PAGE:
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J Shoulder Elbow Surg. 2014 Nov;23(11):1662-8. doi: 10.1016/j.jse.2014.03.001. Epub 2014 Jun 2.

Reverse shoulder arthroplasty in 41 patients with cuff tear arthropathy with a mean follow-up period of 5 years.

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Luton and Dunstable Hospital, Luton, UK. Electronic address:
Luton and Dunstable Hospital, Luton, UK.



Reverse shoulder arthroplasty (RSA) is an accepted treatment for patients with pseudoparalysis due to cuff tear arthropathy. There have been limited studies with midterm clinical and radiologic results. We present our results for a single surgeon from a district general hospital.


Forty-one consecutive Delta III RSAs were performed by an anterosuperior approach in 37 patients (29 women and 8 men) with pseudoparalysis due to cuff tear arthropathy. The patients' mean age was 79 years (range, 68-91 years). The mean follow-up period was 5 years. All patients were available for final review, and none were lost to follow-up.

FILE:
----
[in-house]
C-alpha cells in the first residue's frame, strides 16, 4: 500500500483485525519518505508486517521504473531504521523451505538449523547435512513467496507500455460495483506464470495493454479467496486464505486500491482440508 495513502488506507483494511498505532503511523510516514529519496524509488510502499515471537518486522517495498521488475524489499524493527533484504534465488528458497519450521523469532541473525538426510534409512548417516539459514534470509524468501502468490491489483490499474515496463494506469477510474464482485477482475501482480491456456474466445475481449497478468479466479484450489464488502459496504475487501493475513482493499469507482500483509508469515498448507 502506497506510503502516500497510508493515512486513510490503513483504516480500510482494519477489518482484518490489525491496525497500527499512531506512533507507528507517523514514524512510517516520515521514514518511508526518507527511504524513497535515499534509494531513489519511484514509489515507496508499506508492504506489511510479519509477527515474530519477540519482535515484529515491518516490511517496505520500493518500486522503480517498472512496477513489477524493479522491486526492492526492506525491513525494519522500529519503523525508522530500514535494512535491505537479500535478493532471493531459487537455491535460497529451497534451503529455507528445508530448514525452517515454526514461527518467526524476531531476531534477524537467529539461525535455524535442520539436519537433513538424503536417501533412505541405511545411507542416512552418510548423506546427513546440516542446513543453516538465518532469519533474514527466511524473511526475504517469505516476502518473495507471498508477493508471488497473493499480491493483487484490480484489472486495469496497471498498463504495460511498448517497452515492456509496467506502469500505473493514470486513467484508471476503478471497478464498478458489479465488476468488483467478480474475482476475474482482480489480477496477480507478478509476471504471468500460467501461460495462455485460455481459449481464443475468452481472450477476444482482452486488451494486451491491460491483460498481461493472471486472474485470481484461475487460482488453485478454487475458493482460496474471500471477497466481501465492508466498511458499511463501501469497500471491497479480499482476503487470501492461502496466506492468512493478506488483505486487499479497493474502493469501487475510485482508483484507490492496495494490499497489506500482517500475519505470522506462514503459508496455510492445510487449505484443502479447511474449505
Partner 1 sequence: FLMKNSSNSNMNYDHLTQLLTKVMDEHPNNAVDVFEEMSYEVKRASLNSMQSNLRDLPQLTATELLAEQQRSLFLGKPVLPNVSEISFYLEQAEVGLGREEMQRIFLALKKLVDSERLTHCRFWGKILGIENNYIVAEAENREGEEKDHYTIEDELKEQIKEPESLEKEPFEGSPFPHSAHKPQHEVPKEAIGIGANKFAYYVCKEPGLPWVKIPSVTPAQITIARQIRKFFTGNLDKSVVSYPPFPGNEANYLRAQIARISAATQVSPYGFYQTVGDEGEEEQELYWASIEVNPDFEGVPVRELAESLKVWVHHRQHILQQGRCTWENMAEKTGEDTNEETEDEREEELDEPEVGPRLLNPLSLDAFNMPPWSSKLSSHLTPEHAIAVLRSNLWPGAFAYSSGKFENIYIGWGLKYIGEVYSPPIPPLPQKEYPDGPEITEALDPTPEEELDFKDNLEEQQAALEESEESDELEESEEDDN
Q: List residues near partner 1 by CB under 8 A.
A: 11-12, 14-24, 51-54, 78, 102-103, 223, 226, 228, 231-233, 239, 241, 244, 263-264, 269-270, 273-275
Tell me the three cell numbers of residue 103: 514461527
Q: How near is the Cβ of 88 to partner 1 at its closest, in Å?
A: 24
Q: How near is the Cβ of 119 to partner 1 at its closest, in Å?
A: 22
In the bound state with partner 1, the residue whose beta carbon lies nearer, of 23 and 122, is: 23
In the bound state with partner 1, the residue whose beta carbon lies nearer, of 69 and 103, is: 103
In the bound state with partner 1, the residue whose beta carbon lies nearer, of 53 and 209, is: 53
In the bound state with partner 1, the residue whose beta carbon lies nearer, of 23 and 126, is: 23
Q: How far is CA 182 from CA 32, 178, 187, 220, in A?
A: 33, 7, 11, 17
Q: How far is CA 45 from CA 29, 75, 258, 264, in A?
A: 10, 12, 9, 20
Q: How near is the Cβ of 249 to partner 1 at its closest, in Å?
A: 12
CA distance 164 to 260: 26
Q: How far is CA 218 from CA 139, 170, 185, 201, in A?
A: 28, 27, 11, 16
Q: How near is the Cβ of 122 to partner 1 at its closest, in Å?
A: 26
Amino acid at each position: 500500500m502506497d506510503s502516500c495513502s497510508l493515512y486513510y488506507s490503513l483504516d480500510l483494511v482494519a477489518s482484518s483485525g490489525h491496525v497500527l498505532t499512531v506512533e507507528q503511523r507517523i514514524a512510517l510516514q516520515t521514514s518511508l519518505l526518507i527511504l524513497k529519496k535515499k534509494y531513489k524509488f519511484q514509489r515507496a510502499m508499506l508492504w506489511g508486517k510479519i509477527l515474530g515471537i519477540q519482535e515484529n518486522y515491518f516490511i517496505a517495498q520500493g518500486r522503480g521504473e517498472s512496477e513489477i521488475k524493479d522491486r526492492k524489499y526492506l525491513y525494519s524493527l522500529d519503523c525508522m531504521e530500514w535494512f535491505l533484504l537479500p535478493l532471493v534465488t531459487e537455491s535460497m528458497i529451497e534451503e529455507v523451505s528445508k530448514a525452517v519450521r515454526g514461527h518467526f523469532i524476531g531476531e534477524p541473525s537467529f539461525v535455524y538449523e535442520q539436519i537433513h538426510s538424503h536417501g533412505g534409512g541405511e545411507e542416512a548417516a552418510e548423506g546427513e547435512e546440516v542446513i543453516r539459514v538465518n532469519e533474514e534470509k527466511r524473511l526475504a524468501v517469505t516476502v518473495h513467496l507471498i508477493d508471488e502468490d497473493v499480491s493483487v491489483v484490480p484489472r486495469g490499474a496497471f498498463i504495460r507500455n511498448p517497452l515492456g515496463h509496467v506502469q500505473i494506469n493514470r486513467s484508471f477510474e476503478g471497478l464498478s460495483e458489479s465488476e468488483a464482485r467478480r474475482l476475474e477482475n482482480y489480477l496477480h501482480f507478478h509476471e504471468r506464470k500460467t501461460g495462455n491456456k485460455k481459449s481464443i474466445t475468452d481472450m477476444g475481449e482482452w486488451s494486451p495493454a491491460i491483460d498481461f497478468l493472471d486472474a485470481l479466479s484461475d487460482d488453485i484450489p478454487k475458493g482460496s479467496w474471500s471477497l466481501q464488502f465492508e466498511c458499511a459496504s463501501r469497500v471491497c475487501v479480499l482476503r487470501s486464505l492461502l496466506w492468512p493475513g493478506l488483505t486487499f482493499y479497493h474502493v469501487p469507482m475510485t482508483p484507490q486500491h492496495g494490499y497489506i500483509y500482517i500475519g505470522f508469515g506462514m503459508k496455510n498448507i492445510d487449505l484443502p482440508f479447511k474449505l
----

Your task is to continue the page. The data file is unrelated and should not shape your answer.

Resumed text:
The mean age-adjusted Constant and Oxford scores improved from 34.2 points to 71.0 points and 15 points to 33 points, respectively. Mean abduction and forward flexion improved from 64° to 100° and 55° to 110°, respectively. Scapular notching was seen in 68% of patients, but there was no deterioration in function or satisfaction scores. Stress shielding of the proximal humerus was seen in 10% of patients. One patient underwent revision to a hemiarthroplasty because of glenoid component failure after a fall. There were no early postoperative dislocations in our series.


RSA for pseudoparalysis due to cuff tear arthropathy provides good functional results at 5 years; however, there is a high rate of scapular notching, which does not seem to affect overall functional outcomes.


Delta; Reverse shoulder arthroplasty; cuff tear arthropathy

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